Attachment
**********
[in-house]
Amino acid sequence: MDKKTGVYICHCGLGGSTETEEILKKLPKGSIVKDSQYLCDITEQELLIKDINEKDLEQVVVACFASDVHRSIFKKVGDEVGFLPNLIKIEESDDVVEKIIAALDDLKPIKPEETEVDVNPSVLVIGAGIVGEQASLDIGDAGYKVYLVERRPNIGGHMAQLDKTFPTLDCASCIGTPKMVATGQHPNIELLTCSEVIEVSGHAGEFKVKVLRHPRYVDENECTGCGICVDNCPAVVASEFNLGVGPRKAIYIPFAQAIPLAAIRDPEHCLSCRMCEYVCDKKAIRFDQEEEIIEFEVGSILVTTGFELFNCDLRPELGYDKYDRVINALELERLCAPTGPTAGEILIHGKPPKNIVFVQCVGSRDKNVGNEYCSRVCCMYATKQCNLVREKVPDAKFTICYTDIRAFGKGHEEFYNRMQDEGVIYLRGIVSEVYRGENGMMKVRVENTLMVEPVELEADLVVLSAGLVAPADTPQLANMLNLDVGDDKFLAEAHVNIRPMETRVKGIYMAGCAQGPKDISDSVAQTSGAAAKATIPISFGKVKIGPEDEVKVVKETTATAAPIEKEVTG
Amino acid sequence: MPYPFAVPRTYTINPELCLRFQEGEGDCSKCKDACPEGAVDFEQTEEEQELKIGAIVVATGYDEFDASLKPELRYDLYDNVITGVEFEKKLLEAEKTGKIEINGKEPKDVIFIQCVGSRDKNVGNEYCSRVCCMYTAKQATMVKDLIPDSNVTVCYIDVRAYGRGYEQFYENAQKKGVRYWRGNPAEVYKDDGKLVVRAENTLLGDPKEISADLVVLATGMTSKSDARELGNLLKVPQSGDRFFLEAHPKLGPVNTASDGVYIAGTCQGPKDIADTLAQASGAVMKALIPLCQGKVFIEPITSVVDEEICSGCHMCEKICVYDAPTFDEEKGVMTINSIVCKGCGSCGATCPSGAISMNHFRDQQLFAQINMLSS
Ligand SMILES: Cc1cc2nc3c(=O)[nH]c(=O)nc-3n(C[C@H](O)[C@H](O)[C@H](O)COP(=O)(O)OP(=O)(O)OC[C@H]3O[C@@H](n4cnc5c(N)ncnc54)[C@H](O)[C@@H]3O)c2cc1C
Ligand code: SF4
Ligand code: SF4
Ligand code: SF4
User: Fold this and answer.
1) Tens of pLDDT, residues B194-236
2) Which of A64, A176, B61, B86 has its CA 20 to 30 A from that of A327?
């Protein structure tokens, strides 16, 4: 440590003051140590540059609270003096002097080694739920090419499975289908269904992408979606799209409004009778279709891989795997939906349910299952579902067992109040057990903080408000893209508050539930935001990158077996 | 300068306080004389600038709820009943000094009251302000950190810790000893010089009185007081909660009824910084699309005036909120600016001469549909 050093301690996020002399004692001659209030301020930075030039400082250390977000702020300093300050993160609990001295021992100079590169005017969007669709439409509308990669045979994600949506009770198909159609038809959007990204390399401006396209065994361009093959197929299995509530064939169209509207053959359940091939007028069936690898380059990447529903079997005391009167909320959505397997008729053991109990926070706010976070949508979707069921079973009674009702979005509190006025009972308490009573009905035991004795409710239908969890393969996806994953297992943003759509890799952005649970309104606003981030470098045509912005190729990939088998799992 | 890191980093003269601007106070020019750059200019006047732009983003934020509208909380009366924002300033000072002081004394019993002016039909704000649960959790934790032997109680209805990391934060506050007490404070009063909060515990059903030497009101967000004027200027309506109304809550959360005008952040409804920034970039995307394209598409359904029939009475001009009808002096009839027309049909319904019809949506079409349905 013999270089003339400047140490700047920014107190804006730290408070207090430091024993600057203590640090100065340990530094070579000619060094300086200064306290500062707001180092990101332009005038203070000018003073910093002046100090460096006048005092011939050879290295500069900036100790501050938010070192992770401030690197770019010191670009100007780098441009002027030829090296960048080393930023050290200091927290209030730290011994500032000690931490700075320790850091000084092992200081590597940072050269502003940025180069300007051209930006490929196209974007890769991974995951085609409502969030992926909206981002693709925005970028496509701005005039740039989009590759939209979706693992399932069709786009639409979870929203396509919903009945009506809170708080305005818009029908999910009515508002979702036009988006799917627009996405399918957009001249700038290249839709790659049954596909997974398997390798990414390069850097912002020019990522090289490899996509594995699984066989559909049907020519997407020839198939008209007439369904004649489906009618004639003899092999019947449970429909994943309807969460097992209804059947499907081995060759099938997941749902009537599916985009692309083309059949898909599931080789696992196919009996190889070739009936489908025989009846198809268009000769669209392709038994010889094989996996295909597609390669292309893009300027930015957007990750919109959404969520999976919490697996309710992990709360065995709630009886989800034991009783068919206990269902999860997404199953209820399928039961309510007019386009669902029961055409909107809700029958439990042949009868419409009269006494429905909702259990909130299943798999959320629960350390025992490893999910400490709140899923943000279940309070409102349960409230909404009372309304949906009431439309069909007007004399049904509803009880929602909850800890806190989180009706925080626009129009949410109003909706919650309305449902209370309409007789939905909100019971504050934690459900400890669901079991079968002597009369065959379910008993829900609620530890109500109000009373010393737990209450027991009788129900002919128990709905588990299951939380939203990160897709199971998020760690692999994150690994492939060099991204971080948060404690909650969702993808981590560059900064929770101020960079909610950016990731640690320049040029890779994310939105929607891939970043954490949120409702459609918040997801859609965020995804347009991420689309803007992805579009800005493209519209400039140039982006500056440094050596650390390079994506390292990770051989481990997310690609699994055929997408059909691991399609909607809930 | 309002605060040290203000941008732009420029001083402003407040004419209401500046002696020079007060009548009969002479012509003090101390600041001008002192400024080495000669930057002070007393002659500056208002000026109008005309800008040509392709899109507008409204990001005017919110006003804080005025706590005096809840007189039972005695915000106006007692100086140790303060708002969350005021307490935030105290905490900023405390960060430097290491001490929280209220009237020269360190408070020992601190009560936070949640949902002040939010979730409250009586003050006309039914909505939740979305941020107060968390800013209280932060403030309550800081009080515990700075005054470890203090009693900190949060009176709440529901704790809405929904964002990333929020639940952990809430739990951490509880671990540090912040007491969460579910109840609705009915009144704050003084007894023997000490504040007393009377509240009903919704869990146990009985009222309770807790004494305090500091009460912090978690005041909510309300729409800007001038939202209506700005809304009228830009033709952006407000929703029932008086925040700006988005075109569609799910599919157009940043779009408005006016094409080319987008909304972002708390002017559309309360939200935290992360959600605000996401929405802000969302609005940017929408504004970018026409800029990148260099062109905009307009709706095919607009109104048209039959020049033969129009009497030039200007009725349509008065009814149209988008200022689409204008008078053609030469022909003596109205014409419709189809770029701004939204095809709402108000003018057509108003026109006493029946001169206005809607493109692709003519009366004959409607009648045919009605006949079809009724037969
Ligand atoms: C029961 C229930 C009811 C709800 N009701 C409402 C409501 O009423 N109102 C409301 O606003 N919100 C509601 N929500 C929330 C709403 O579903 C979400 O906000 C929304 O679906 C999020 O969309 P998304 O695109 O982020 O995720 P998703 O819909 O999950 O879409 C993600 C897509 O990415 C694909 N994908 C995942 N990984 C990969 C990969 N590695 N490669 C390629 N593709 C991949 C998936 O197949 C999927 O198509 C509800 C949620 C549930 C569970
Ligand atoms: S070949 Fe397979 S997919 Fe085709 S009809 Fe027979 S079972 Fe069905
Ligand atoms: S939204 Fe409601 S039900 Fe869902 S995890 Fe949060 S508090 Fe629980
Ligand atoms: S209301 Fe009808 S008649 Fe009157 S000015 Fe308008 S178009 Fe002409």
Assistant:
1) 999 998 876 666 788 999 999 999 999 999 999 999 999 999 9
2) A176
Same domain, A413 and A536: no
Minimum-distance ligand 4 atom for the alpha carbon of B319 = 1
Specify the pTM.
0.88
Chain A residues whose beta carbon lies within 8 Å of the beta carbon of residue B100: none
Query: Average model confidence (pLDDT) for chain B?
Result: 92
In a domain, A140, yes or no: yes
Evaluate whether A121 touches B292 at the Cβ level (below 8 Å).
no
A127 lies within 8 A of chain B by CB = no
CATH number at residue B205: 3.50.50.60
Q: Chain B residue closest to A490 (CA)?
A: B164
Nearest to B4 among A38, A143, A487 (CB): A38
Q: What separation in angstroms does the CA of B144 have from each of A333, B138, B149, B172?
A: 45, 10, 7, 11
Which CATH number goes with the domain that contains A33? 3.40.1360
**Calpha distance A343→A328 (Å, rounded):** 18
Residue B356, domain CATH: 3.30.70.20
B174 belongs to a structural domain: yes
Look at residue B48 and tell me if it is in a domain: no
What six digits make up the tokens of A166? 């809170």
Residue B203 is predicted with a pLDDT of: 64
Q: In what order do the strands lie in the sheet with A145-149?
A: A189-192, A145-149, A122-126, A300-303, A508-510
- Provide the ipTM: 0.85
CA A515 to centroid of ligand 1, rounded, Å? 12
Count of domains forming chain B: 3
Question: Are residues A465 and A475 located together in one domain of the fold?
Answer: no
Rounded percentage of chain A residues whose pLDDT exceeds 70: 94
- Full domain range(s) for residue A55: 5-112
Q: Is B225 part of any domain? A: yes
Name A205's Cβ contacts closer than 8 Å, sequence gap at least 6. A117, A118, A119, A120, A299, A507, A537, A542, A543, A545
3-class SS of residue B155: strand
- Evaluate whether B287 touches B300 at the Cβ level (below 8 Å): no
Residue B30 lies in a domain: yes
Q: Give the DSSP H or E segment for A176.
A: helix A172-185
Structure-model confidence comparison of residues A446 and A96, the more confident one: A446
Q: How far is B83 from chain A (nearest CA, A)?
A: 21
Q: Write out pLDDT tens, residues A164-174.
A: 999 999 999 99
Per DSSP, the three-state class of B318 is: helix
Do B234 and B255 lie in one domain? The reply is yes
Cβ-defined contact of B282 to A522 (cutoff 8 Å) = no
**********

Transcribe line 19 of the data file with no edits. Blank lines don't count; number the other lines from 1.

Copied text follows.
Same domain, A413 and A536: no